A protein nanocomposite for ultra-fast, efficient and non-irritating skin decontamination of nerve agents†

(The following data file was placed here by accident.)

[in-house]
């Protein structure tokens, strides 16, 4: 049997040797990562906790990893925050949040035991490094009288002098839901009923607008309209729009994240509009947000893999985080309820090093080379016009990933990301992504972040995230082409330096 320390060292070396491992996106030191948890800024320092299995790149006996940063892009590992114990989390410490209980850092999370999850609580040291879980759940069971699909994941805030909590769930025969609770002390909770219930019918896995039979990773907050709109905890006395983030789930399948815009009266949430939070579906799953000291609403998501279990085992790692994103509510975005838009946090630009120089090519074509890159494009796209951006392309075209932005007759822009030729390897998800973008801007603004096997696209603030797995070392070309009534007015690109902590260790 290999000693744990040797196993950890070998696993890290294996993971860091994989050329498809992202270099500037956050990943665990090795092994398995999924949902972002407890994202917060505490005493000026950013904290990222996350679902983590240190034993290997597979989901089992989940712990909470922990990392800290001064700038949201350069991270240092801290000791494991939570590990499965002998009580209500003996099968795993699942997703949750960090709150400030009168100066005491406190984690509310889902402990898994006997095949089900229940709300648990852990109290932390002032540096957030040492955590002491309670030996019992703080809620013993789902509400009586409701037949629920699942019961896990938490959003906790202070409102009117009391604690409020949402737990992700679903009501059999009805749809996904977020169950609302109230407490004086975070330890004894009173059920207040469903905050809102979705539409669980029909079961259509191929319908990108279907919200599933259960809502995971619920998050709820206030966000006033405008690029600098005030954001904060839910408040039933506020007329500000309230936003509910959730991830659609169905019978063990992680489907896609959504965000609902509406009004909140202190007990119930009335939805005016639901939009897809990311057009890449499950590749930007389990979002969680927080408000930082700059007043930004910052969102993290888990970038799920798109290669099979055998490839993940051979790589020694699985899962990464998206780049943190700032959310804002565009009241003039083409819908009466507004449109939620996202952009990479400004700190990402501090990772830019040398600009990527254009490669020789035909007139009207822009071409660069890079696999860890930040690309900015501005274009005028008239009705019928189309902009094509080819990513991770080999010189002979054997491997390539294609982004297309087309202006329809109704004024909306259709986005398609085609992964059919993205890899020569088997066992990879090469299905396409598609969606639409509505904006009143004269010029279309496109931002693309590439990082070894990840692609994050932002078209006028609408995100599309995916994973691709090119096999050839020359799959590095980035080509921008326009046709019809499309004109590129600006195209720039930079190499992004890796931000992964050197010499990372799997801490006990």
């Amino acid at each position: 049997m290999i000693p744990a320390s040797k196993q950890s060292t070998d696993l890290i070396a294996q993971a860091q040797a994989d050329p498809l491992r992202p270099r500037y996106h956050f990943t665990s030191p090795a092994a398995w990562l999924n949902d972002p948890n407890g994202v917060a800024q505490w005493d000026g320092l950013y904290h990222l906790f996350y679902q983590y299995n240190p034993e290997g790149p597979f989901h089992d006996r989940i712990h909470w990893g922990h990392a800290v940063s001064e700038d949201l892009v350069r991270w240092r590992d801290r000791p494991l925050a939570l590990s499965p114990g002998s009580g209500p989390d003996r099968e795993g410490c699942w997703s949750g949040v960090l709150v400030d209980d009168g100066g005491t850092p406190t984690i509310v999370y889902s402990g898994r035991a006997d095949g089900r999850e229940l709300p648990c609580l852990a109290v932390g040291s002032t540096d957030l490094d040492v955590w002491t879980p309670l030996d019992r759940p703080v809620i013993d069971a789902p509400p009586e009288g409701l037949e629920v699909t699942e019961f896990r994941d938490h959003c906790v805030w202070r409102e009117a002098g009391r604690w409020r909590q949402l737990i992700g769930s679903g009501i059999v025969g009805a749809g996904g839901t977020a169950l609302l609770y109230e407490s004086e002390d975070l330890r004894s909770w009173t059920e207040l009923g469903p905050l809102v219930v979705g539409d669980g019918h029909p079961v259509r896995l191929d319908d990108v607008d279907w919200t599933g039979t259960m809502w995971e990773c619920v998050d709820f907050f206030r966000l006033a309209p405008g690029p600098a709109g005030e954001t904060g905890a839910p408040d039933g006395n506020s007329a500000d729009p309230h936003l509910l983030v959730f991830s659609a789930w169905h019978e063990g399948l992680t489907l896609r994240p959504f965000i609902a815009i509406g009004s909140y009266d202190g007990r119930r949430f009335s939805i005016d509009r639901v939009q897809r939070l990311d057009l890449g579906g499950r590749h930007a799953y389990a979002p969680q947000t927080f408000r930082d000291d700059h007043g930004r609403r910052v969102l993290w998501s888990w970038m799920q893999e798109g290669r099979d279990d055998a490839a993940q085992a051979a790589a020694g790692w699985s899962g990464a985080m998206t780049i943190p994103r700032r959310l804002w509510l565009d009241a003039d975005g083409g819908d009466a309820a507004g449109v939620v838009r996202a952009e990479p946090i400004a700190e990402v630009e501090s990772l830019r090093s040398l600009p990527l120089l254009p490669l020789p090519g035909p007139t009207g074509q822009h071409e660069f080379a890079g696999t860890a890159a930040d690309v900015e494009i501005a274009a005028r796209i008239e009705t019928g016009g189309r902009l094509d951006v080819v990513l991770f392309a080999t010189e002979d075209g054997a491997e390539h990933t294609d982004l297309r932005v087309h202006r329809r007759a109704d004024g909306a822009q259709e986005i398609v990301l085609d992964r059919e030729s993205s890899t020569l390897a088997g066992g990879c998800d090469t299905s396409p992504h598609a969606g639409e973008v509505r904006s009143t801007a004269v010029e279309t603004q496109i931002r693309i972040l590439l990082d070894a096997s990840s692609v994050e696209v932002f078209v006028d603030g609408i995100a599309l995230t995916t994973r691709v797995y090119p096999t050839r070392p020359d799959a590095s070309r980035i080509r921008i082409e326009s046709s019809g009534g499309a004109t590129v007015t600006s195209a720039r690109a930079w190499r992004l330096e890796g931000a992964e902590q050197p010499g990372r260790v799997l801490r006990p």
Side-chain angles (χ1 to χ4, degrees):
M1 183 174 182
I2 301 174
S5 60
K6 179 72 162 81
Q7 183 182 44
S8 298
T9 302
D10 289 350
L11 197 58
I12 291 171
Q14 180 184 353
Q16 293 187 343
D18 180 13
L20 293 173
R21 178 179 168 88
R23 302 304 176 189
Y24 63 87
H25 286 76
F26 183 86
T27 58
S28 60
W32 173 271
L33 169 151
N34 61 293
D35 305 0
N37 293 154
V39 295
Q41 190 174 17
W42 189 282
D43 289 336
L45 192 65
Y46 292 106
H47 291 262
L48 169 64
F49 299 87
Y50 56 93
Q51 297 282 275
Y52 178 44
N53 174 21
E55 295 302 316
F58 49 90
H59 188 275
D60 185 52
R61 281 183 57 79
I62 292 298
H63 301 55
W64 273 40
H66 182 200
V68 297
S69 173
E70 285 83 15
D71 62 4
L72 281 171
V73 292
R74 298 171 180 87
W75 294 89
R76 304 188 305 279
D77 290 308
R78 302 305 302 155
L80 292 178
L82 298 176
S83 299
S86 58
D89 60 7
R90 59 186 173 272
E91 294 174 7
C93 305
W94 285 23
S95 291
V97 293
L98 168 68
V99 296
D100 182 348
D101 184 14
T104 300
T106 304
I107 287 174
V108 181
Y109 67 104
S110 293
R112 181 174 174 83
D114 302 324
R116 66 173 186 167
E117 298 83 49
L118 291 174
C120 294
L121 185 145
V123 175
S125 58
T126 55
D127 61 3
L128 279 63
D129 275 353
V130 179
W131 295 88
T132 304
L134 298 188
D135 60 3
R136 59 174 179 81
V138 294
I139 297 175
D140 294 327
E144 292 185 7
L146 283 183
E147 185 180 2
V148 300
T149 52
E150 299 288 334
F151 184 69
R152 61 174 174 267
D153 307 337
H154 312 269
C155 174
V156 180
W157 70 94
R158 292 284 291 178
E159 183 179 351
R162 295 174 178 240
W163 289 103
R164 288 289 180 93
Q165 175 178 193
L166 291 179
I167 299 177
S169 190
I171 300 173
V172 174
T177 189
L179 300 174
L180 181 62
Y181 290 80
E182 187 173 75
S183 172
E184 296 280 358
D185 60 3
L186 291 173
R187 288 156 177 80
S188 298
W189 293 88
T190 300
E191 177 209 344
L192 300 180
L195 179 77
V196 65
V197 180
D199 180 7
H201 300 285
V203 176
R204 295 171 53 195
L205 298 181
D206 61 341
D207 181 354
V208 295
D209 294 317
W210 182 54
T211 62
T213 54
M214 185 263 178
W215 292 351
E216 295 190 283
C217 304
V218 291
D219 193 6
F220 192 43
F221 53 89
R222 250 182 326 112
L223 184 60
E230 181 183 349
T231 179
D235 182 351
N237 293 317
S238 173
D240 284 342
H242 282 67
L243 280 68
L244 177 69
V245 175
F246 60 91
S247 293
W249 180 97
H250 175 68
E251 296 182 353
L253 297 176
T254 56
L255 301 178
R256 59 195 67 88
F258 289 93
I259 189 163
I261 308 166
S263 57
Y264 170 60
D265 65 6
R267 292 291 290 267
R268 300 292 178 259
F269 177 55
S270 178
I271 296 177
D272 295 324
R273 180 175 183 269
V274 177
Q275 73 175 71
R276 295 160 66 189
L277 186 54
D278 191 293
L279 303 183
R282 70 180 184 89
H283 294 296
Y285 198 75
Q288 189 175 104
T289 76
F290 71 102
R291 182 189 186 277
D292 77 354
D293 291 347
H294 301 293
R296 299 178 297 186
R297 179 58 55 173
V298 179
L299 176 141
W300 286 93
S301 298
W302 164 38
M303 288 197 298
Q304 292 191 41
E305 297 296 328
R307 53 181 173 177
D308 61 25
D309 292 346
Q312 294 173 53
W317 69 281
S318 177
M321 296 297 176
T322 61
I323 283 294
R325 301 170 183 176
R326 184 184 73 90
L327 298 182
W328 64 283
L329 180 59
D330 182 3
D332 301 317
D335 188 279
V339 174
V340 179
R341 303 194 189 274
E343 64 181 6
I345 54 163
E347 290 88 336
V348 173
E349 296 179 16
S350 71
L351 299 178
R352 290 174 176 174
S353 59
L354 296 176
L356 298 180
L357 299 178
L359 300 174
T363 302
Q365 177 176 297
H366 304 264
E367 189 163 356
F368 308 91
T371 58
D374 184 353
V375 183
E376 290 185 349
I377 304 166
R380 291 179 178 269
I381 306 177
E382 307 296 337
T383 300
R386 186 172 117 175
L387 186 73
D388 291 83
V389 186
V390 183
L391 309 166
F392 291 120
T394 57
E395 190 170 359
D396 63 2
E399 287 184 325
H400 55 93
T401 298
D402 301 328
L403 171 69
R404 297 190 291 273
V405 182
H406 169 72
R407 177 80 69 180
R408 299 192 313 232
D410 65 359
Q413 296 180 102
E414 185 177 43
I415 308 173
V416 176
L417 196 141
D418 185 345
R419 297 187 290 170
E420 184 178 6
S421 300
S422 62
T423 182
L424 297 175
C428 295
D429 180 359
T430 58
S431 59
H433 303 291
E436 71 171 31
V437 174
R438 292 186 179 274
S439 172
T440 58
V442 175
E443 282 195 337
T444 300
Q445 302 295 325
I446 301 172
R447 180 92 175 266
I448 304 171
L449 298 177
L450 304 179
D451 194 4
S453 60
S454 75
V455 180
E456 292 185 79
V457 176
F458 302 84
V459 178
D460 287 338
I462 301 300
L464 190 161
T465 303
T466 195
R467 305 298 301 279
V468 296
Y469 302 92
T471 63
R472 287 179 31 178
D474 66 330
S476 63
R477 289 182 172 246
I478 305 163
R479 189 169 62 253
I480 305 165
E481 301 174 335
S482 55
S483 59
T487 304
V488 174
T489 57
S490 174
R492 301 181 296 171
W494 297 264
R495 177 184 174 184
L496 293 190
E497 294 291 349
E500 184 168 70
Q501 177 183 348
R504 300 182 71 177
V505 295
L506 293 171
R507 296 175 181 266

In recent assassinations reported in London and Malaysia, nerve agents were used to cause death, by skin poisoning. Skin decontamination is the ultimate and most important defense against nerve agent poisoning, because no effective antidote currently exists. However, almost no existing material can achieve effective and rapid decontamination without irritating the skin. This study links proteins that exhibit no decontamination ability with polymers to form a nanocomposite. This creates a nanospace on the surface of the protein that attracts and traps organic molecules, effectively adsorbing the nerve agent Soman within several seconds, without irritating the skin. Analysis of the different components of proteins and polymers reveals that the decontamination efficiency is considerably affected by the thickness of the coated polymer. Moreover, the thickness of the layer is predominantly determined by the size and species of the core and the crosslinking method. Further in vivo experiments on rats poisoned with Soman verify the efficiency and safety of the nanocomposite. These results could be used to design and synthesize more multi-functional and effective decontamination materials.